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The Dreadful Compromises that Created America

The United States Constitution is a fallible document that was built on coercion and threats

By J.P. PragPublished about a year ago 12 min read
Painting by Howard Chandler Christy, Public domain, via Wikimedia Commons


  • The process of creating the Constitution was so flawed and rushed that only 39 of the original 74 delegates actually signed off on it.
  • Repercussions—both predicted and unexpected—have been rippling down through time because imperfect men made compromises just to get State legislatures to give in.
  • In order to correct these issues and reaffirm the values supposed in the Constitution and purported by Americans, we must approve a massive amount of new Amendments.

“The good news is that, if life is long enough, you can learn… that you need to change…”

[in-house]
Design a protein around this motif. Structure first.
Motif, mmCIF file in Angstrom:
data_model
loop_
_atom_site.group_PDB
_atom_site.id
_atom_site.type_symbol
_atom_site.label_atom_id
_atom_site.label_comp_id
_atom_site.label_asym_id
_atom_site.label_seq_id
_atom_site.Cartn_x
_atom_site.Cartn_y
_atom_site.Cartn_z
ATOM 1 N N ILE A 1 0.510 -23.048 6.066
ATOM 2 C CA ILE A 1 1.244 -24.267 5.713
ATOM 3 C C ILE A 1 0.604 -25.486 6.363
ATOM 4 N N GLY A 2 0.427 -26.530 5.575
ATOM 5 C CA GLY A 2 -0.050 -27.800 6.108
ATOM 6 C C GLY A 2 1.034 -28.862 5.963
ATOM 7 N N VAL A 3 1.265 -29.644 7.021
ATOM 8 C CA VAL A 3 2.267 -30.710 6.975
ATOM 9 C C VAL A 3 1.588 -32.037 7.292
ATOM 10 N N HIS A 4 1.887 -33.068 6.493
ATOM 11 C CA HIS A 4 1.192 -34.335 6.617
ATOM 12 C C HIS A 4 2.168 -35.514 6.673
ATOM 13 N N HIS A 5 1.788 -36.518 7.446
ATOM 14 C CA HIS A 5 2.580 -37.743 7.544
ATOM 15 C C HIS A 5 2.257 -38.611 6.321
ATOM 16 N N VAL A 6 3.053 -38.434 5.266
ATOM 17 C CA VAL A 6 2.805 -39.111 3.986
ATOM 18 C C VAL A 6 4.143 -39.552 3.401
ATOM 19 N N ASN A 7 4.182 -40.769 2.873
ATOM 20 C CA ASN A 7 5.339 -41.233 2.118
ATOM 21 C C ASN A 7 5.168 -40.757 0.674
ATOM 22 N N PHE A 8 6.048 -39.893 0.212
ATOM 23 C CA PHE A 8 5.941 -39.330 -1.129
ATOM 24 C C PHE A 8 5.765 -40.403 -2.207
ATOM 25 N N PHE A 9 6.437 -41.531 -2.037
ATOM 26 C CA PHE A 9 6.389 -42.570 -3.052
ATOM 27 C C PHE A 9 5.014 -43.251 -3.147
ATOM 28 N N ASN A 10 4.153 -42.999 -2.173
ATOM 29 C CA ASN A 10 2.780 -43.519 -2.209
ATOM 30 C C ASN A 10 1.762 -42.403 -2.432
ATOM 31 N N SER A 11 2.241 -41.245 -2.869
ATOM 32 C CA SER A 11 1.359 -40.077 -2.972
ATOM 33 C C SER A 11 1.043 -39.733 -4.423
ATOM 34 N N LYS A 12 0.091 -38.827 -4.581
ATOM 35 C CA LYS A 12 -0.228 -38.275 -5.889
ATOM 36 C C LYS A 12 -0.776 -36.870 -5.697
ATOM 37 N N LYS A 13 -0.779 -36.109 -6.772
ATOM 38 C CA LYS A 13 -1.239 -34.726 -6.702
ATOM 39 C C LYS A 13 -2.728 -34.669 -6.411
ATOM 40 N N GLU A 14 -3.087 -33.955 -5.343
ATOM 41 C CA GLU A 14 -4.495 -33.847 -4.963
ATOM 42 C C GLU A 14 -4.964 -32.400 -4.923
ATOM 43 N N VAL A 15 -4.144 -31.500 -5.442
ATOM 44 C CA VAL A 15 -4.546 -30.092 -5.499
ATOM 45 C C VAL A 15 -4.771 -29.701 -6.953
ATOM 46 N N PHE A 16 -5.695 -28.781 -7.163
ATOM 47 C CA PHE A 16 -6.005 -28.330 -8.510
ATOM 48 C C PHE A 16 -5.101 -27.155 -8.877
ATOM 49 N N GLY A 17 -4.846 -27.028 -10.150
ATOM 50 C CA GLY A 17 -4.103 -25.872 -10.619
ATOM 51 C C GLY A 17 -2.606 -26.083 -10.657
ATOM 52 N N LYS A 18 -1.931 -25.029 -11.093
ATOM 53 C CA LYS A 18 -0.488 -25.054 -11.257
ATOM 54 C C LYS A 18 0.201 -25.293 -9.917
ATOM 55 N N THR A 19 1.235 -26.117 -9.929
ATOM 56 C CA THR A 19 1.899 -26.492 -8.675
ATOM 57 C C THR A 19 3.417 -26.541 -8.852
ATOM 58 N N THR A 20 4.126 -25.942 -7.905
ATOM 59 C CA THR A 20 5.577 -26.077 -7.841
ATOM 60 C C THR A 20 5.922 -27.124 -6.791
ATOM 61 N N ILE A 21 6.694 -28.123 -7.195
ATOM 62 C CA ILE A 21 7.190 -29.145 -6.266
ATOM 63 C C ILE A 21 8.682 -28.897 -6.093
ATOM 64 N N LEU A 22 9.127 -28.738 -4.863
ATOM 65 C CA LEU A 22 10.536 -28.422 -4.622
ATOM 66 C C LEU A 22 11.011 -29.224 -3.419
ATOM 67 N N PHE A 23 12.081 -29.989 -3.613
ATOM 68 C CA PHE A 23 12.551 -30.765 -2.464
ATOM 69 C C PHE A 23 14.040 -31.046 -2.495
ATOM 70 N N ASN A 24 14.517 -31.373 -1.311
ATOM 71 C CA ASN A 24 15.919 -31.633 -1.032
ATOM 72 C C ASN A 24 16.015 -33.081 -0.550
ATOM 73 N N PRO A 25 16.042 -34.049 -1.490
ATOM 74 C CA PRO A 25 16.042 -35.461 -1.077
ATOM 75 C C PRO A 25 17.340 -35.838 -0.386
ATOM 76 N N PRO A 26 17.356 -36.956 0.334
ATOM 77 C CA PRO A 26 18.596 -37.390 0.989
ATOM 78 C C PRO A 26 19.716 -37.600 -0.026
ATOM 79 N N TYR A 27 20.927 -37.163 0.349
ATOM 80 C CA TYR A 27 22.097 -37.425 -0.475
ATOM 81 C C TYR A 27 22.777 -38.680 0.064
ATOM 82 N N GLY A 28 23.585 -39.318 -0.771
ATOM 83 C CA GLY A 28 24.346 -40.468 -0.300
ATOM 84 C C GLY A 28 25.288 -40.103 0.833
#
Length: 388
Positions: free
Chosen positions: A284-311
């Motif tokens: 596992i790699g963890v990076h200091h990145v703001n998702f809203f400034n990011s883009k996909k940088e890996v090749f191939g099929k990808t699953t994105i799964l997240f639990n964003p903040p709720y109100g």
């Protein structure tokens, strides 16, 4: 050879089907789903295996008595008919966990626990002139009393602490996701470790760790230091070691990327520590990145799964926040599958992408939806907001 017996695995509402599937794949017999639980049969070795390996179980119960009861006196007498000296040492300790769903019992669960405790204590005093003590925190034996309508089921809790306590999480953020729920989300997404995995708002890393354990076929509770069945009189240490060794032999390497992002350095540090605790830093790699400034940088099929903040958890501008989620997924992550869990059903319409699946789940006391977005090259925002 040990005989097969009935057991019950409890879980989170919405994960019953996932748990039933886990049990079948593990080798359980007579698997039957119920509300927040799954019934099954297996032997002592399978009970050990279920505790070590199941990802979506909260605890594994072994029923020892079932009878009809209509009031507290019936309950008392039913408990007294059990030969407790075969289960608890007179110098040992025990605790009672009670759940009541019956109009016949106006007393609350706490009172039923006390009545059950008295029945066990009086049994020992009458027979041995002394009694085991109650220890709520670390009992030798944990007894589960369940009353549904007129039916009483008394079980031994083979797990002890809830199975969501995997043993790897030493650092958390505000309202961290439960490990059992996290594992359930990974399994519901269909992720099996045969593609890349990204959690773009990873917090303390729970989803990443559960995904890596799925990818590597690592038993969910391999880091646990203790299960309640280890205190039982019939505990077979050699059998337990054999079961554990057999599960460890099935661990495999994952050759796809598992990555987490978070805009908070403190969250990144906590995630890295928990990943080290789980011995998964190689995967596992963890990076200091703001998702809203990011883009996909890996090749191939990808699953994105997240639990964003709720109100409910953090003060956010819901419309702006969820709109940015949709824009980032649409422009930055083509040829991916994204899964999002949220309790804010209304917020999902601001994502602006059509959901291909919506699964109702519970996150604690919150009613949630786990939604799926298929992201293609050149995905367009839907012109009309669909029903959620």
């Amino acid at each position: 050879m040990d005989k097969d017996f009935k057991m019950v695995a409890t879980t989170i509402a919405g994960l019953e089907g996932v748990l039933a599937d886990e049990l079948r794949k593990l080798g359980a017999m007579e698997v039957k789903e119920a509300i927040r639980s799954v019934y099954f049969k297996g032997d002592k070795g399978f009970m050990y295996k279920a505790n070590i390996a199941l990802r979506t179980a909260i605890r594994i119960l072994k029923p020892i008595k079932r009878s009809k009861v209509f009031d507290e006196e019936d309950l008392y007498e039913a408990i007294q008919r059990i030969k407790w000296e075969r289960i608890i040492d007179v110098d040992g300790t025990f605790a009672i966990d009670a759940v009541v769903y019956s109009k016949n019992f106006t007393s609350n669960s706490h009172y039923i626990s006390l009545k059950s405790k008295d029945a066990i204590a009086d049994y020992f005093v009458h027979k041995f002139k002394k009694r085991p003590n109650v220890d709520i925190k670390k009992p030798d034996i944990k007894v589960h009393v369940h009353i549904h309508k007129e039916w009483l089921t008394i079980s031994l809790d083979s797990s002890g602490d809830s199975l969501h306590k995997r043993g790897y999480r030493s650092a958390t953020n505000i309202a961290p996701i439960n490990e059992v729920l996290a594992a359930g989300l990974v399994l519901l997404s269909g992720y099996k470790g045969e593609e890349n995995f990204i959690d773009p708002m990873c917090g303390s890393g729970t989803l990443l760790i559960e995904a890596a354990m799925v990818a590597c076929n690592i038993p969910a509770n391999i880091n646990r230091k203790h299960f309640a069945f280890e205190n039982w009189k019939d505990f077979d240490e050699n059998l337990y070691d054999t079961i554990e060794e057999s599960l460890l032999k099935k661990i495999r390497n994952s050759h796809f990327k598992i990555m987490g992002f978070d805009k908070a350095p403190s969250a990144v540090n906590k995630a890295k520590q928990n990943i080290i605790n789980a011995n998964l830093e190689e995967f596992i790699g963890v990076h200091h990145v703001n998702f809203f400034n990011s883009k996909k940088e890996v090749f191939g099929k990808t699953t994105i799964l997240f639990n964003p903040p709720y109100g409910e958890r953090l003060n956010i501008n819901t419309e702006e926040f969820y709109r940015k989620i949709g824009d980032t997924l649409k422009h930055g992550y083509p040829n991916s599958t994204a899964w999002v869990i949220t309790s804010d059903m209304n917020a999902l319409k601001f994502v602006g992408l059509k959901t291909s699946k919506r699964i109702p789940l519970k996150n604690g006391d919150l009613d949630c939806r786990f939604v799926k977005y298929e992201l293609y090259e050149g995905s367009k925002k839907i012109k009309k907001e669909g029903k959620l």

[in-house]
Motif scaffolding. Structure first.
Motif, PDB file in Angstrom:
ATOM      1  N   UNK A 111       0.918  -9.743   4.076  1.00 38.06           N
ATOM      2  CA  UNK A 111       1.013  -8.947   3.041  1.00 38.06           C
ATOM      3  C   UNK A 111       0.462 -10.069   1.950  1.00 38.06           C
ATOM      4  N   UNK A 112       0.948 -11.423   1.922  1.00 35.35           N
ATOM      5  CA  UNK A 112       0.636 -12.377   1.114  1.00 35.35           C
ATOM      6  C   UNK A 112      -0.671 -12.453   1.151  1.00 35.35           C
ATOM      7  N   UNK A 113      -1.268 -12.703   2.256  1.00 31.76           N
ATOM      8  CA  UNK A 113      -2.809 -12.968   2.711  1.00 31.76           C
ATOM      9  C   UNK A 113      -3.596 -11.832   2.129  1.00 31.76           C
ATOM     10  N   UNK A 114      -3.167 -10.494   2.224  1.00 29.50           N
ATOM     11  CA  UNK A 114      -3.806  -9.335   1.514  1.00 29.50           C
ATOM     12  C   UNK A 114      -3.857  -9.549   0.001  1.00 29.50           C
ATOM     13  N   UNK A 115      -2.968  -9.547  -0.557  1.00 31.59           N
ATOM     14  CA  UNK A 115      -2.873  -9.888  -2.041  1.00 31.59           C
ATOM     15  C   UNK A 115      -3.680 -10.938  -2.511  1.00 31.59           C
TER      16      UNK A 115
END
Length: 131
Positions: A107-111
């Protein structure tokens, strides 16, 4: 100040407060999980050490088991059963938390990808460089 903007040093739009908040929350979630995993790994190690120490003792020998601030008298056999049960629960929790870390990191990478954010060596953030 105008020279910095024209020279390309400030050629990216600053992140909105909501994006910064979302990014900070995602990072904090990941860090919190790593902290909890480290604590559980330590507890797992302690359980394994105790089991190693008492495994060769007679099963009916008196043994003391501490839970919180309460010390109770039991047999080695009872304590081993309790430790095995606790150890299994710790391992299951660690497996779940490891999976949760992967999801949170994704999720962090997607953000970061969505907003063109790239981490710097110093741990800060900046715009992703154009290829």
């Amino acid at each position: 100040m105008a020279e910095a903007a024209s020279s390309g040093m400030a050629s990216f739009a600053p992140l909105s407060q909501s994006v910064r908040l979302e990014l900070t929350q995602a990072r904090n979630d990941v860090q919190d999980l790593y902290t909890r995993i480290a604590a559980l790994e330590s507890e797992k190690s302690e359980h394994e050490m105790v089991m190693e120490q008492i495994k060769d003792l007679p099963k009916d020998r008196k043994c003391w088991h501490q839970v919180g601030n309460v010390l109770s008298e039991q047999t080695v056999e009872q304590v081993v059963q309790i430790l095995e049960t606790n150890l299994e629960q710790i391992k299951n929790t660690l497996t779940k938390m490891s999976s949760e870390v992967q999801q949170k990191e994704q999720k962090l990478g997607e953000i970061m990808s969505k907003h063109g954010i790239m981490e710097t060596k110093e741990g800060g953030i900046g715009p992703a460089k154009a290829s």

— Brad Smith

Preamble and Some Regular Ramble

In the years since the Constitution of the United States of America was written, it has been amended a mere 27 times. Are we saying that there are only 27 faults in a document that is over 230 years old? Actually, the 21st Amendment repeals 18th Amendment—the prohibition of the sale of alcohol—so then there would only be 25 corrections! Lest we forget, this a document that thought a fair compromise on slavery was to allow it in certain areas and count people as 3/5th a person in order to gain further power in the House of Representatives.

Granted, some of these amendments have corrected terrible mistakes like having slavery (13th), expanding the right to vote (15th for race, 19th for women), and guaranteeing free expression (1st). However, some have quite questionable value. Are the citizens of the United States truly happy that the 16th Amendment gave Congress the ability to levy an income tax? Was it absolutely necessary for the functions of government to change the date the President, Vice President, and members of Congress started work (20th)?